So, according to then-Deputy SecDef Paul Wolfowitz, the obvious and necessary thing for Bush-Cheney to do was deliberately discredit – even destroy – the NPT-associated nuke-proliferation-prevention regime with which Iraq, Iran, Syria, and North Korea were then in total compliance.

It is important to note that, as of this writing, no evidence has surfaced that at that time Iraq, Iran, Syria, or North Korea were diverting NPT-proscribed materials to a military purpose. Furthermore, as of this writing, no evidence has surfaced that Iran has ever diverted NPT-proscribed materials to a military purpose.

Now, according to the commission, the Soviet Union did pose "an existential threat" to the United States, but its dissolution dramatically reduced that threat, permitting us to reduce our reliance on nuclear weapons.

However, a new threat has "come to the fore – that of catastrophic terrorism." Hence the commission's proposed four "security imperatives":

  • To reduce and provide better protection for existing nuclear stockpiles of weapons and fissile material.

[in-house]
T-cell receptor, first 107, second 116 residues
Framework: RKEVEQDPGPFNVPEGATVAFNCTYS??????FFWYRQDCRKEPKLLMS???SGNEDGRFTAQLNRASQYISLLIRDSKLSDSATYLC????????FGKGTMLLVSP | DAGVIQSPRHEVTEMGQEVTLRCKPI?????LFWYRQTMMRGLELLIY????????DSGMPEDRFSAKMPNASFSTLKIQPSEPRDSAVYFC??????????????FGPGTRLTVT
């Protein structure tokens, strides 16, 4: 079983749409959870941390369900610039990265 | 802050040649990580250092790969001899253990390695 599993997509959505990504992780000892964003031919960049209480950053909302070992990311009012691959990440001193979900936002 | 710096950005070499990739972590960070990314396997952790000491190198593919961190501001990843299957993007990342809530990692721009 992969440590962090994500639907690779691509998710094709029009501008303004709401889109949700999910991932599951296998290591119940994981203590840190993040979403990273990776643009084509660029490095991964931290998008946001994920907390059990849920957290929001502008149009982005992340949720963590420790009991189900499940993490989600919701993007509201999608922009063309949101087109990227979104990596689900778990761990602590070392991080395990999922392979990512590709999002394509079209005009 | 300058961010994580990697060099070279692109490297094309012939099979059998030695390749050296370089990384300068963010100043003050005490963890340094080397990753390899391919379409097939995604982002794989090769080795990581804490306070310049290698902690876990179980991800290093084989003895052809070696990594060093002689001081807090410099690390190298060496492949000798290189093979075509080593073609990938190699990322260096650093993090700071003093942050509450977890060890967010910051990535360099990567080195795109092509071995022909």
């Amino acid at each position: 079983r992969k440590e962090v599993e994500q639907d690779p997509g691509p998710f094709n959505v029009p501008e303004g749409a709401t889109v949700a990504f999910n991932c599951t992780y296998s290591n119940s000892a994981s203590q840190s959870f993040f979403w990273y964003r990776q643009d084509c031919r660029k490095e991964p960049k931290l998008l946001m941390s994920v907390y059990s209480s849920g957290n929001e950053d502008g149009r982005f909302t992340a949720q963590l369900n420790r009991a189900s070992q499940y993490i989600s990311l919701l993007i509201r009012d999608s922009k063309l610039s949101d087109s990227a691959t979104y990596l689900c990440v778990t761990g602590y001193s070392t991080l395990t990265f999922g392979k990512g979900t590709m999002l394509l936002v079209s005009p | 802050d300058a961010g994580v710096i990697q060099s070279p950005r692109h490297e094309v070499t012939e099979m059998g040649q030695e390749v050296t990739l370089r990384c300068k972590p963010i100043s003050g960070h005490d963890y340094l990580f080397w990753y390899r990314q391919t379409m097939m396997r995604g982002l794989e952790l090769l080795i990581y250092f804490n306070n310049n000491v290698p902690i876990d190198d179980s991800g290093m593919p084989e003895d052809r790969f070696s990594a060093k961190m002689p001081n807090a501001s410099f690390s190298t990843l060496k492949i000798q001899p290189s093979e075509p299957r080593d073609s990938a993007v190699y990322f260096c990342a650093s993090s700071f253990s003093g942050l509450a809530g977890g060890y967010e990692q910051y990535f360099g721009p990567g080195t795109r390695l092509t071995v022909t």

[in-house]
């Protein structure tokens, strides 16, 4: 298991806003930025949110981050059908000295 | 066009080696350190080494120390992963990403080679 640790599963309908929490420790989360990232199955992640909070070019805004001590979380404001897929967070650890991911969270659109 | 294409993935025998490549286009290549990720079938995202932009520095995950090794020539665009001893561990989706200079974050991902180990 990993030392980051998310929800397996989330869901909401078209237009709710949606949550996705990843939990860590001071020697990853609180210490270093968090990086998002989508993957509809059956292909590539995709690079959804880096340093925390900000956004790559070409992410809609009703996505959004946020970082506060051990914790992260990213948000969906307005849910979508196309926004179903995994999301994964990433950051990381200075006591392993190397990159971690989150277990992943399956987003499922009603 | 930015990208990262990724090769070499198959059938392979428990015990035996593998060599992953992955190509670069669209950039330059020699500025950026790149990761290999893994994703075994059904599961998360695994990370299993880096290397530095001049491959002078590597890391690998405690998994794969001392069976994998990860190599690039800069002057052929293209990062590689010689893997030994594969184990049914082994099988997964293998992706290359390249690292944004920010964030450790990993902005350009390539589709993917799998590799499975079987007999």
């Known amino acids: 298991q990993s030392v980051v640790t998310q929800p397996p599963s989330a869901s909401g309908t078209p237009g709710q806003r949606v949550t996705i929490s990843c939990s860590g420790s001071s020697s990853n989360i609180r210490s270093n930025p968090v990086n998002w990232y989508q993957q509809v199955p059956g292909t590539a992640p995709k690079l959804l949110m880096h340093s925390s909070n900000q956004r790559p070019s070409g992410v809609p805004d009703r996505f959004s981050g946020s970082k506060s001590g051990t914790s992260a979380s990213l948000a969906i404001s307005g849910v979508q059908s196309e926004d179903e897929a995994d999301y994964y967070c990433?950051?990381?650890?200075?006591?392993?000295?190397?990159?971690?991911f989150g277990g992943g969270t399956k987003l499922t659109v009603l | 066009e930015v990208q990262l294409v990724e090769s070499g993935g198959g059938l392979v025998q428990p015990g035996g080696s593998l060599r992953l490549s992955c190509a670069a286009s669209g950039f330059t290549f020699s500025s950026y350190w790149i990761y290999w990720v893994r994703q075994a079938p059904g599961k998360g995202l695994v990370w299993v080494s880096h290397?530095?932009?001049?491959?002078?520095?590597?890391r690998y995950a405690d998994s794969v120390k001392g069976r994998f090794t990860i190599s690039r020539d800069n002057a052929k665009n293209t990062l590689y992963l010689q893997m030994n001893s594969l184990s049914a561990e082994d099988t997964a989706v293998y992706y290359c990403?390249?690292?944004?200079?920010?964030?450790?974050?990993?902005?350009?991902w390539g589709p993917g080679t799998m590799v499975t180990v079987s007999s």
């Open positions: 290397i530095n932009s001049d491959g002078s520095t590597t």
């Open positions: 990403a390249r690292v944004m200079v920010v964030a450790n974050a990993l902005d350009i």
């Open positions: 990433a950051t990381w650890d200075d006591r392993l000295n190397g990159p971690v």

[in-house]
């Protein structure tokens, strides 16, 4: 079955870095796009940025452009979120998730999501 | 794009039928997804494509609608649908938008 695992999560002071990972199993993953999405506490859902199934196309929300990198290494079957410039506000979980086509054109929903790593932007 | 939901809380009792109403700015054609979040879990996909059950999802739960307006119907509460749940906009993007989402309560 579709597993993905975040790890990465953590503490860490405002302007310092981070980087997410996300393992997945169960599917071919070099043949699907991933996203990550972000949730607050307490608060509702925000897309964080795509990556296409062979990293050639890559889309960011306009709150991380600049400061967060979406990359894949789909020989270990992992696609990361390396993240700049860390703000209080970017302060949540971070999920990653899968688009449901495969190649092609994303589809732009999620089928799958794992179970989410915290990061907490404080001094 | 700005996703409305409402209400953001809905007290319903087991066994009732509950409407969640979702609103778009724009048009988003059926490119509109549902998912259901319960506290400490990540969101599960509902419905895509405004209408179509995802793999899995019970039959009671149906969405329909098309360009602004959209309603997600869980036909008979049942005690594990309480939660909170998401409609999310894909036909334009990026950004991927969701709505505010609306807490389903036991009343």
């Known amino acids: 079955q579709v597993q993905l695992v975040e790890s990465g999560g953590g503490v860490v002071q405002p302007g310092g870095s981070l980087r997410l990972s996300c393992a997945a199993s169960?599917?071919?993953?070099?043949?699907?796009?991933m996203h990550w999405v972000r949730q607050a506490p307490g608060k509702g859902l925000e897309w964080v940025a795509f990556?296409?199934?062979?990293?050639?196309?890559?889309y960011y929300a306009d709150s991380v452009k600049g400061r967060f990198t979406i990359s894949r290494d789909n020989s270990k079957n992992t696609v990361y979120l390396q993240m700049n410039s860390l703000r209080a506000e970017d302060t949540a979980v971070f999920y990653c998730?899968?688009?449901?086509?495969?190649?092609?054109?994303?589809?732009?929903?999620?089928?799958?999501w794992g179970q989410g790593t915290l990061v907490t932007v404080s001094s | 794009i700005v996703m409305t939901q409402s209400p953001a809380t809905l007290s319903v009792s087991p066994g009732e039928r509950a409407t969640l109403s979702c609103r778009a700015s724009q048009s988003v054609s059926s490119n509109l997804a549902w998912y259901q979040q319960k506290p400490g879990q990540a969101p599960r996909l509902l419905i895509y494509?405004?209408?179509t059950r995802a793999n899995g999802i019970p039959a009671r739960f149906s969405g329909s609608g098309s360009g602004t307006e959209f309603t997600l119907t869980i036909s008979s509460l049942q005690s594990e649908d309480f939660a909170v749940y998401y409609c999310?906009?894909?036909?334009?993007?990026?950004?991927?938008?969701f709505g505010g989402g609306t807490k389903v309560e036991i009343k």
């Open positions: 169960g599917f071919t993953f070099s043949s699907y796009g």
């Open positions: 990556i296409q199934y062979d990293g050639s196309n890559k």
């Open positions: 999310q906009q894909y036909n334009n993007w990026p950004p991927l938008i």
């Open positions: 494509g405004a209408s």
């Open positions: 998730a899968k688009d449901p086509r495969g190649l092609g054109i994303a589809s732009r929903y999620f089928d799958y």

• To keep new nations from going nuclear.
  • To provide effective protection for the fissile material generated by enrichment activities, reprocessing facilities, and commercial nuclear reactors.
  • To improve our tools to detect clandestine delivery of nuclear weapons and to disable and otherwise defend against them.

Now, presumably commission members know the difference between nuclear weapons and nuclear power plants.

So when Perry et al. declare one of our "security imperatives" to be keeping new nations from "going nuclear," the commission must mean keeping them from acquiring anything "nuclear," peaceful or otherwise.